Dr. Daniel Leidner

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As research group leader, Daniel is working on the service robots of tomorrow. His methods from the field of artificial intelligence are already today pioneering in the robotic exploration of Mars. As collaborator in EASE, he aims to apply the same methods to master everyday activities. With this, he is pursuing the vision that future robots should no longer be mere tools but in fact intelligent colleagues and assistants for space and society.

Adrian Bauer

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Adrian is elaborating a PhD thesis on physics-based probabilistic state inference for fault-tolerant planning. For this, he develops a multi-physics simulation framework, that allows mirroring a robot’s operation and tracking of multiple possible outcome possibilities at once. Using this information, the robot shall be enabled to make crucial decisions circumvent error prone situations.

Katharina Hagmann

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Katharina’s PhD topic is formulated around the important task of supporting remote operators though cognitive assistance functions. With this, she develops methods that run in synergy with the circumvention of failure states. She focuses on assistance functions for operators using physics-based simulation as it is required for the overall goal of the group.

FUTURO – Failure and Uncertainty Tolerant Universal Robot Operation

The FUTURO Young Investigator Group is funded by the DLR Management Board Young Research Group Leader Program and the Executive Board Member for Space Research and Technology.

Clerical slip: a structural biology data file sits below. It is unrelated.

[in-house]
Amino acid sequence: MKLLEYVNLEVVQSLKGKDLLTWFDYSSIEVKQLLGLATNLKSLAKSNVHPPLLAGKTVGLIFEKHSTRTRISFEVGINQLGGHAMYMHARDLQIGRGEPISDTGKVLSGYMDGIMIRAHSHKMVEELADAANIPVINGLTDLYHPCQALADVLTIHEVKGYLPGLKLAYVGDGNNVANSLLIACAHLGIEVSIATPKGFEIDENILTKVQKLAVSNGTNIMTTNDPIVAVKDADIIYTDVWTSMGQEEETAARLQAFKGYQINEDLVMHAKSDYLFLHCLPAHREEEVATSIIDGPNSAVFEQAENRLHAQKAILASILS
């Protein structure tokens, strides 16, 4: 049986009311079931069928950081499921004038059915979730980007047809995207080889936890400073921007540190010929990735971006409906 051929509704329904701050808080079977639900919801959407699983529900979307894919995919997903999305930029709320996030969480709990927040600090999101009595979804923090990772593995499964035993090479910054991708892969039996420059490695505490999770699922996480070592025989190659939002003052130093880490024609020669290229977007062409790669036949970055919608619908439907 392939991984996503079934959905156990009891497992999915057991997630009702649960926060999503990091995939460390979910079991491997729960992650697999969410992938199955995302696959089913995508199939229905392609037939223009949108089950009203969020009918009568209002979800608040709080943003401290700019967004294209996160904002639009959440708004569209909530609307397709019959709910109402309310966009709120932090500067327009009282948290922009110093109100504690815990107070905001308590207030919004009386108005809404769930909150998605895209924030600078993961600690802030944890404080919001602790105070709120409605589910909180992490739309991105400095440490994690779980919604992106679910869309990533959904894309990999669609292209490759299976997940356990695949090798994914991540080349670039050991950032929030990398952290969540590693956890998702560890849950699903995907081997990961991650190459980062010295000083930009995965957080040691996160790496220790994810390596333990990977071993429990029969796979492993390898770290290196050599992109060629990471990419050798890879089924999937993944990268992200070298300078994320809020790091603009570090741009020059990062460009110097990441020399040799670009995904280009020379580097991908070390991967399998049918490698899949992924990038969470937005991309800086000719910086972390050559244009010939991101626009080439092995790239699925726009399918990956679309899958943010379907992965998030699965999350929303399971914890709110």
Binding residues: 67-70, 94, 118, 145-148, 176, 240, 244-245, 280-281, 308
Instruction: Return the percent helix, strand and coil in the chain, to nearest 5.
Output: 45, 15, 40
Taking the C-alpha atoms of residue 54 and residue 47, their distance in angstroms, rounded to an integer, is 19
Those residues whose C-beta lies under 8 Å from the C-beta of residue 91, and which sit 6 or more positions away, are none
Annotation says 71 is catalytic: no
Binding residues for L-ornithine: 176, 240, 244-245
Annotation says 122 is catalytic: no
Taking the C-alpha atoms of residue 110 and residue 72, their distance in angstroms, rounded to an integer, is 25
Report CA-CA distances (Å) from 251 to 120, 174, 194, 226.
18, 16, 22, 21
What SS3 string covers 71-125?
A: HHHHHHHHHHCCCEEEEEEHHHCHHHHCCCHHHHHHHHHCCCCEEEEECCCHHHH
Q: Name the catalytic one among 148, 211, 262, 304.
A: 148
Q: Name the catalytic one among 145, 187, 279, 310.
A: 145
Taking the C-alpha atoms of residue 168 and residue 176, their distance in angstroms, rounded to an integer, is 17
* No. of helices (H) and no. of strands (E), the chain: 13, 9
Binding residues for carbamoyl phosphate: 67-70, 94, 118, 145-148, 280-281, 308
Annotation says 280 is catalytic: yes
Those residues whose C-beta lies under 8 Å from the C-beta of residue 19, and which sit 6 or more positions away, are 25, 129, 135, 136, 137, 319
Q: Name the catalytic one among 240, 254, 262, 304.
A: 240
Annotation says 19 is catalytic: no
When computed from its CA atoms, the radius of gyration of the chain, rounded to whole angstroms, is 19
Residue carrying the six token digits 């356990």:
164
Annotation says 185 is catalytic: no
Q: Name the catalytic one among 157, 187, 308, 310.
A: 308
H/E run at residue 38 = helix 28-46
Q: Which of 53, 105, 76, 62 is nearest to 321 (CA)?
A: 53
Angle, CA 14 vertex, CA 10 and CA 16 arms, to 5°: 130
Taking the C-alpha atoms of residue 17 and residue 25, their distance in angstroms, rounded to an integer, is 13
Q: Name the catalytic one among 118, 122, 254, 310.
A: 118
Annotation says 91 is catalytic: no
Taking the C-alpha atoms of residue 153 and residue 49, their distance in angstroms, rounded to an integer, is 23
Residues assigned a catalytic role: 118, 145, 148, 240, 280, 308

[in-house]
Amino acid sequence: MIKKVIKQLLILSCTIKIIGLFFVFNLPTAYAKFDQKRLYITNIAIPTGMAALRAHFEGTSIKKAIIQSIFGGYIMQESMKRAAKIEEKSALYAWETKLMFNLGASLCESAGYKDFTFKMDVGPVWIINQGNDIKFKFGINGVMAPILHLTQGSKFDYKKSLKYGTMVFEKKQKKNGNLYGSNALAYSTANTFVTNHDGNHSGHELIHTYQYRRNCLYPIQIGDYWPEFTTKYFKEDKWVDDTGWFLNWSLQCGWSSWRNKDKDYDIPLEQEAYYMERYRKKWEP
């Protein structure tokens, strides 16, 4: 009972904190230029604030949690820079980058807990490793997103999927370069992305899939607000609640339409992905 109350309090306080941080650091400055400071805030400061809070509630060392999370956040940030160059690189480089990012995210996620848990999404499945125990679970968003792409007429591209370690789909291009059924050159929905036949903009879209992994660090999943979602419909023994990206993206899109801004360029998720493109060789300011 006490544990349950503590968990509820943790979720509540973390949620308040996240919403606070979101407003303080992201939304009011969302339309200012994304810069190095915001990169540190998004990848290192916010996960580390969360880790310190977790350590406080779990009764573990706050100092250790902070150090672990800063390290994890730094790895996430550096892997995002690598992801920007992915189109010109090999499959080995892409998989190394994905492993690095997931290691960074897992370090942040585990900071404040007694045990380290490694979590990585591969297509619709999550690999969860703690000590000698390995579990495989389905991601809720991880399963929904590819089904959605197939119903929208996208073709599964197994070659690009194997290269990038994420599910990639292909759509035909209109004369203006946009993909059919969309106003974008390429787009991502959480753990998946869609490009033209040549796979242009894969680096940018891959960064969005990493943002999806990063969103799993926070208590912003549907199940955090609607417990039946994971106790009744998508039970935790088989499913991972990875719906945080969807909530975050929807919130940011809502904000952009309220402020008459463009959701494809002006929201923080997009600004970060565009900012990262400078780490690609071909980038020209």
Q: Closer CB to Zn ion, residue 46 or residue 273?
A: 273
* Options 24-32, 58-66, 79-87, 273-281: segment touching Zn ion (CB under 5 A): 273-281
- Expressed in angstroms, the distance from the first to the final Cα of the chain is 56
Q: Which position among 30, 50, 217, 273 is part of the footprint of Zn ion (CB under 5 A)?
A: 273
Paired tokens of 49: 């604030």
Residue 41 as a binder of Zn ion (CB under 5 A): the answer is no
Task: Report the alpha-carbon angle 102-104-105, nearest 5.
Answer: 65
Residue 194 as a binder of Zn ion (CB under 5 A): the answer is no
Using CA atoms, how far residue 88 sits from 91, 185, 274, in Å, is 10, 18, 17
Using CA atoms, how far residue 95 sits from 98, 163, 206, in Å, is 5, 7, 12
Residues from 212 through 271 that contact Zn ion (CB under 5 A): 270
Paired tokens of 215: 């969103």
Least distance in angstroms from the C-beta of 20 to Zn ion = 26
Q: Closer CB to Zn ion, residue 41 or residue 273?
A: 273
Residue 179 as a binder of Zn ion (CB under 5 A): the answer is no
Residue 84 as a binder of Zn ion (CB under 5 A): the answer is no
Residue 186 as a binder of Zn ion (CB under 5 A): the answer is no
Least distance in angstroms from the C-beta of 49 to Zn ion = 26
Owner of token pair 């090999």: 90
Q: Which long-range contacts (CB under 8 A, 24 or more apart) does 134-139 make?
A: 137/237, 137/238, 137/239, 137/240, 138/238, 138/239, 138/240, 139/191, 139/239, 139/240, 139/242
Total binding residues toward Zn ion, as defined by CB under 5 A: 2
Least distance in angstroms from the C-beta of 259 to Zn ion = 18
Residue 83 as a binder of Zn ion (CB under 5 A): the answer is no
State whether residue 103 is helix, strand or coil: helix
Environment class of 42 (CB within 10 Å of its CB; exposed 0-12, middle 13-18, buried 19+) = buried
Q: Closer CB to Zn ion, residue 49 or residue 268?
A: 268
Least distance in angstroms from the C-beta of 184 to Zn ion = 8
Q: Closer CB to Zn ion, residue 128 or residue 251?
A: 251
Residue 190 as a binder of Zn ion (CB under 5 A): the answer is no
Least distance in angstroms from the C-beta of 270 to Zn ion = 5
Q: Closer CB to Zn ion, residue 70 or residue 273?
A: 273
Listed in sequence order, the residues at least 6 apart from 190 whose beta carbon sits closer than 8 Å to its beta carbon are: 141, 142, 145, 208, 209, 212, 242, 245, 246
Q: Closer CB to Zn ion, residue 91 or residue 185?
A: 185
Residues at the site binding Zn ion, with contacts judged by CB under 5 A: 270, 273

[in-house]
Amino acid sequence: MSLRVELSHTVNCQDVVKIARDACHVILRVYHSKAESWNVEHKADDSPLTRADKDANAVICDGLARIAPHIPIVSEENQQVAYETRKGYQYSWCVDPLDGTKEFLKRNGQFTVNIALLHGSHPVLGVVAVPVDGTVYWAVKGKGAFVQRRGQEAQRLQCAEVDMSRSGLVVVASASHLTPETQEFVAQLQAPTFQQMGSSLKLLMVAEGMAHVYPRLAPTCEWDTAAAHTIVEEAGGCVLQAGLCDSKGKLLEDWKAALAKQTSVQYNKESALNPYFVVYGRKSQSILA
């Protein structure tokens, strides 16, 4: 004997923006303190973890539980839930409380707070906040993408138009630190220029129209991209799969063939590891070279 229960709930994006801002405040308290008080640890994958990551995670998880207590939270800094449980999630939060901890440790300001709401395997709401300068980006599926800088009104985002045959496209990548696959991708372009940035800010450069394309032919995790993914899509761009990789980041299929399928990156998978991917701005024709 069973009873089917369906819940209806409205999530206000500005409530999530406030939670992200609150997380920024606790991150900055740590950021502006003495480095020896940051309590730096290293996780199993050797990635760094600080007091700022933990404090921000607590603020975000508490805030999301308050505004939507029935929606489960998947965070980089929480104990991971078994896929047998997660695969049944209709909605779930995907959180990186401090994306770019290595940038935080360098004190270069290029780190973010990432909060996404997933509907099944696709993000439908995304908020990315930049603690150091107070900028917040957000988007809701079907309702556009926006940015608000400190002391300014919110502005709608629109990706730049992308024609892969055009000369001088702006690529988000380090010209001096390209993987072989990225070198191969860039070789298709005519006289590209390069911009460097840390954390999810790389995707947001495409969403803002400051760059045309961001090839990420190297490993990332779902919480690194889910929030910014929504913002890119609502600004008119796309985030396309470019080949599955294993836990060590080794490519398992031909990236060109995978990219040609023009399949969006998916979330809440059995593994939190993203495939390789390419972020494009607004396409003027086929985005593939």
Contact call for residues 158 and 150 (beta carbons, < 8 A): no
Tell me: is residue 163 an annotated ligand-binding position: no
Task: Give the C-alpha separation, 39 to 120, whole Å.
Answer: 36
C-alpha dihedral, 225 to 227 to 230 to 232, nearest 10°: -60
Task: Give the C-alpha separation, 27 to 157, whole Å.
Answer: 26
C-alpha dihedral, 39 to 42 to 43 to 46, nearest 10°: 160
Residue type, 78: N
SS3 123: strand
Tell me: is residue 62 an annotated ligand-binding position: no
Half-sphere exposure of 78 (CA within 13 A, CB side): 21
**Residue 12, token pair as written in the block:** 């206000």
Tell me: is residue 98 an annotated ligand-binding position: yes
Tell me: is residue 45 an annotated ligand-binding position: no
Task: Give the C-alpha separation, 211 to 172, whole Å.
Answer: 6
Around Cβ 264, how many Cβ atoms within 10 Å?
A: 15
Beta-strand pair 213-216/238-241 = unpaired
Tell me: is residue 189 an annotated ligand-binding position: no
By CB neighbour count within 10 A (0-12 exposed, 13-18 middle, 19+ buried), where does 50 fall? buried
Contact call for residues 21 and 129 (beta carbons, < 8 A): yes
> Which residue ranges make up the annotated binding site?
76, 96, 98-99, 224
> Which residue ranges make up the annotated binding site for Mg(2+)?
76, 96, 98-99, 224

The FUTURO Young Investigator Group intends to support upcoming space exploration missions, including technology demonstration experiments that involve robots controlled from the International Space Station (ISS) as well as astronaut-robot collaboration missions aiming for Moon and Mars. The overall goal of the research conducted by the group is thus to advance the autonomy of future space assistance robots.

The group aims to utilize AI-based planning, develop probabilistic physics reasoning methods, and leverage modern machine learning techniques to handle failure situations and abstract new skills from human demonstration likewise. However, it is not straightforward to interpret robot motions and their effects to the environment in a meaningful way. Probabilistic effects have to be considered, and the data has to be semantically interpreted. To minimize the overhead, the FUTURO group exploits existing synergies to develop an integrated probabilistic reasoning and inference framework that can be used for both failure handling and skill abstraction.

In view of demographic change as one of the most urgent challenge for our society, developments to increase fault tolerance and the acquisition of robotic skills should not only be used in space exploration in the long term, but also be of benefit to the general public. This links the FUTURO Group to the EASE CRC https://ease-crc.org/ , which aims to master everyday manipulation tasks. Forming an interconnected research group, the two projects work together towards the declared goal of making service robots ready for the challenges of everyday activities.





Prof. Dr. hc. Michael Beetz PhD
Head of Institute

Contact via
Andrea Cowley
assistant to Prof. Beetz
ai-office@cs.uni-bremen.de

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